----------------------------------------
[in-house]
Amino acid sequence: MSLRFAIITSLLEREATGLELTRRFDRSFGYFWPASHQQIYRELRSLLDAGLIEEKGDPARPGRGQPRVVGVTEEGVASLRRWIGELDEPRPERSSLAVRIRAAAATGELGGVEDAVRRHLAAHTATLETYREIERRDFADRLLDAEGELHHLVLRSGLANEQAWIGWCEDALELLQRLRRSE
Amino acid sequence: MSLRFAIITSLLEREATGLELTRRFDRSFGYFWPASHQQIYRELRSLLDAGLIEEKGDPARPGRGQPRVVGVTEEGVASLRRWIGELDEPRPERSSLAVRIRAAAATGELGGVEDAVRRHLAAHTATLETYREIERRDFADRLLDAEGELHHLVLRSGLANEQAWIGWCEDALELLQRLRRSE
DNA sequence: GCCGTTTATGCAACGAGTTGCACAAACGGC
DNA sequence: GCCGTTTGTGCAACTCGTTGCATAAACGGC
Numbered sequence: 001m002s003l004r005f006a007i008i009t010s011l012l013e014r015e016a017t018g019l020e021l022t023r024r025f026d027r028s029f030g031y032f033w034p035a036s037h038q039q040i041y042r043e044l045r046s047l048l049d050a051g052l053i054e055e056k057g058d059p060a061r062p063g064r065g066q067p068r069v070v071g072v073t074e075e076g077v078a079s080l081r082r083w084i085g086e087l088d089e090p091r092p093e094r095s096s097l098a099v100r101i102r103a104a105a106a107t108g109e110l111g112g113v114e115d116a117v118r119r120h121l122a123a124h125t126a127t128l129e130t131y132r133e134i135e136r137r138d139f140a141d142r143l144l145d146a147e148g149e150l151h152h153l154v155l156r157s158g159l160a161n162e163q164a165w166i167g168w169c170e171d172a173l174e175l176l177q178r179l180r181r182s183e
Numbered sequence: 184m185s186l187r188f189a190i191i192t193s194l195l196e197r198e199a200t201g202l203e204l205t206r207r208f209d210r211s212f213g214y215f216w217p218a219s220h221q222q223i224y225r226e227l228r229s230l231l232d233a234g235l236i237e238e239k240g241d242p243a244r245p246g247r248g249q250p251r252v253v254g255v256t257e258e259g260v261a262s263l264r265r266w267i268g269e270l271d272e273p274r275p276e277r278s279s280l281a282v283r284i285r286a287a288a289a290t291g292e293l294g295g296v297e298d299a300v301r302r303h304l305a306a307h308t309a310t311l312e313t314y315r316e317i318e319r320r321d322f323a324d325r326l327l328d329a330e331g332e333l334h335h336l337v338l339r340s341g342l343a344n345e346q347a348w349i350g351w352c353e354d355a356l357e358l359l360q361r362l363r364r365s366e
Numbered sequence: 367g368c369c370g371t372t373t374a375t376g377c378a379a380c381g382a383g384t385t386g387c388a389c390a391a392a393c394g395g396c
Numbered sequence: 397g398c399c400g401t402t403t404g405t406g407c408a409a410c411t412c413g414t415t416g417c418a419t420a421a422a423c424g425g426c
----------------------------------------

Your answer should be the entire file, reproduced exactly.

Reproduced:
[in-house]
Amino acid sequence: MSLRFAIITSLLEREATGLELTRRFDRSFGYFWPASHQQIYRELRSLLDAGLIEEKGDPARPGRGQPRVVGVTEEGVASLRRWIGELDEPRPERSSLAVRIRAAAATGELGGVEDAVRRHLAAHTATLETYREIERRDFADRLLDAEGELHHLVLRSGLANEQAWIGWCEDALELLQRLRRSE
Amino acid sequence: MSLRFAIITSLLEREATGLELTRRFDRSFGYFWPASHQQIYRELRSLLDAGLIEEKGDPARPGRGQPRVVGVTEEGVASLRRWIGELDEPRPERSSLAVRIRAAAATGELGGVEDAVRRHLAAHTATLETYREIERRDFADRLLDAEGELHHLVLRSGLANEQAWIGWCEDALELLQRLRRSE
DNA sequence: GCCGTTTATGCAACGAGTTGCACAAACGGC
DNA sequence: GCCGTTTGTGCAACTCGTTGCATAAACGGC
Numbered sequence: 001m002s003l004r005f006a007i008i009t010s011l012l013e014r015e016a017t018g019l020e021l022t023r024r025f026d027r028s029f030g031y032f033w034p035a036s037h038q039q040i041y042r043e044l045r046s047l048l049d050a051g052l053i054e055e056k057g058d059p060a061r062p063g064r065g066q067p068r069v070v071g072v073t074e075e076g077v078a079s080l081r082r083w084i085g086e087l088d089e090p091r092p093e094r095s096s097l098a099v100r101i102r103a104a105a106a107t108g109e110l111g112g113v114e115d116a117v118r119r120h121l122a123a124h125t126a127t128l129e130t131y132r133e134i135e136r137r138d139f140a141d142r143l144l145d146a147e148g149e150l151h152h153l154v155l156r157s158g159l160a161n162e163q164a165w166i167g168w169c170e171d172a173l174e175l176l177q178r179l180r181r182s183e
Numbered sequence: 184m185s186l187r188f189a190i191i192t193s194l195l196e197r198e199a200t201g202l203e204l205t206r207r208f209d210r211s212f213g214y215f216w217p218a219s220h221q222q223i224y225r226e227l228r229s230l231l232d233a234g235l236i237e238e239k240g241d242p243a244r245p246g247r248g249q250p251r252v253v254g255v256t257e258e259g260v261a262s263l264r265r266w267i268g269e270l271d272e273p274r275p276e277r278s279s280l281a282v283r284i285r286a287a288a289a290t291g292e293l294g295g296v297e298d299a300v301r302r303h304l305a306a307h308t309a310t311l312e313t314y315r316e317i318e319r320r321d322f323a324d325r326l327l328d329a330e331g332e333l334h335h336l337v338l339r340s341g342l343a344n345e346q347a348w349i350g351w352c353e354d355a356l357e358l359l360q361r362l363r364r365s366e
Numbered sequence: 367g368c369c370g371t372t373t374a375t376g377c378a379a380c381g382a383g384t385t386g387c388a389c390a391a392a393c394g395g396c
Numbered sequence: 397g398c399c400g401t402t403t404g405t406g407c408a409a410c411t412c413g414t415t416g417c418a419t420a421a422a423c424g425g426c